The roads are made of stone. Honduran men stroll casually through the streets. Shielded from the searing sun, their machetes swing step by step, in and out of the circle of shade offered by their cowboy hats. In the center of this charming city there is a gathering point. A small water fountain sits like one of the nearby Mayan ruins- dry but not abandoned. It is surrounded with life: a mother resting while her children race through the square, a young man leaning on his tuk-tuk taxi while potential customers wander by, an occasional passing bell jingling from carts that carry cold ice cream treats for anyone interested.
The air is warm and humid. The sky hints of rain. In this section of town, my eyes are constantly drawn to the strong white Catholic church that watches over the square, while the streets on either side offer their own intrigue. One is lined with restaurants, from street carts to sit down. The other, where the tuk-tuks linger, is less noticeable, but with a bit of waiting a small entrance takes attention. A crowd swells and shrinks, one by one they enter empty handed and exit with small black bags. There are no tickets to go in, no secret code. The only secret is pausing long enough to notice it. I approach, step around and over young girls selling corn tortillas. Then like passing though a C.S. Lewis wardrobe, I enter a world much more vibrant than its door. Bright bananas, ripe red tomatoes, prickly pineapples-everything local and priced to sell.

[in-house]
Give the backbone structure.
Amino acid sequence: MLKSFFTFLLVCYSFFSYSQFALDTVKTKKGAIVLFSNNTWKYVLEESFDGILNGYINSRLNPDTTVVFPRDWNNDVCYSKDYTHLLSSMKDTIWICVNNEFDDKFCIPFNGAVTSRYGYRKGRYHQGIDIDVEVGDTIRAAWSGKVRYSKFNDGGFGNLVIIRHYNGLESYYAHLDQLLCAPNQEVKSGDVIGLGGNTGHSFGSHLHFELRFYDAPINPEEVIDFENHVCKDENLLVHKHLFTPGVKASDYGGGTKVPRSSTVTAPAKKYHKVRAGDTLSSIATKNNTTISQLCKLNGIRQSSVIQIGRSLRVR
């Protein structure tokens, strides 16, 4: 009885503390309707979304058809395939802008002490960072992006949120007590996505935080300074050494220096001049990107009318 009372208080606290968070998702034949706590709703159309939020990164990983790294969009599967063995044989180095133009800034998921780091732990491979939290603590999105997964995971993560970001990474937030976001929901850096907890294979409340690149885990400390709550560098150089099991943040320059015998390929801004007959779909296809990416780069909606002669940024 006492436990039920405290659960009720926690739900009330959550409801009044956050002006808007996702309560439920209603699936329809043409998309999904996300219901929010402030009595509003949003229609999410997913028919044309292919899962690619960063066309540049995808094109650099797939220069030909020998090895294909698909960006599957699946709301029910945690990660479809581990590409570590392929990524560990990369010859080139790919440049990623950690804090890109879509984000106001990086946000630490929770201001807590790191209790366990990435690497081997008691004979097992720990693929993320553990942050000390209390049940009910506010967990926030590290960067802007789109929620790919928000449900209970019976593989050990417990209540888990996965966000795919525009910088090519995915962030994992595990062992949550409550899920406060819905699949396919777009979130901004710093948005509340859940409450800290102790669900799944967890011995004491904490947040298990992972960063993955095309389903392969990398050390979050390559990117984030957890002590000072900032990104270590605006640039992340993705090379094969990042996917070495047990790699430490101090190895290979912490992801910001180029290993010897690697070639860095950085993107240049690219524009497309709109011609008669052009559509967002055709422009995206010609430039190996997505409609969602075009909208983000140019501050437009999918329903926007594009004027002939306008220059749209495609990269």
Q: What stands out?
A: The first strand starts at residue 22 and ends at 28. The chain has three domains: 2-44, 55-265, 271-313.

Copan is enchanting. However, it’s not the reason most people visit. The main reason most people come to this area is tucked twelve walking minutes from town. The reason is the ruins.
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I'm off to see the world. Usually I live in Flagstaff, but now I am on a boat with an old friend. We will be doing good deeds a…
I hit the ground instantly. The force of impact nearly knocked me out. Stunned, I tried to gather and prepare myself for more. I didn’t know how or why, the only thing I was sure of was that I was under attack.
I found myself in a hammock, swinging back and forth between exhaustion and the inability to sleep.
These kids are different. They don’t look different. They don’t act different. They don’t even feel different…but they are. They know they are, which might be the greatest challenge these children ever face. They’re all HIV positive.
I lased up my tenni’s and brushed my teeth. I had no idea what was in store for the day. The rumors were that the ex-president was planning an entry into Honduras, which according to my friend meant protests and manifestations from “Mel” supporters.
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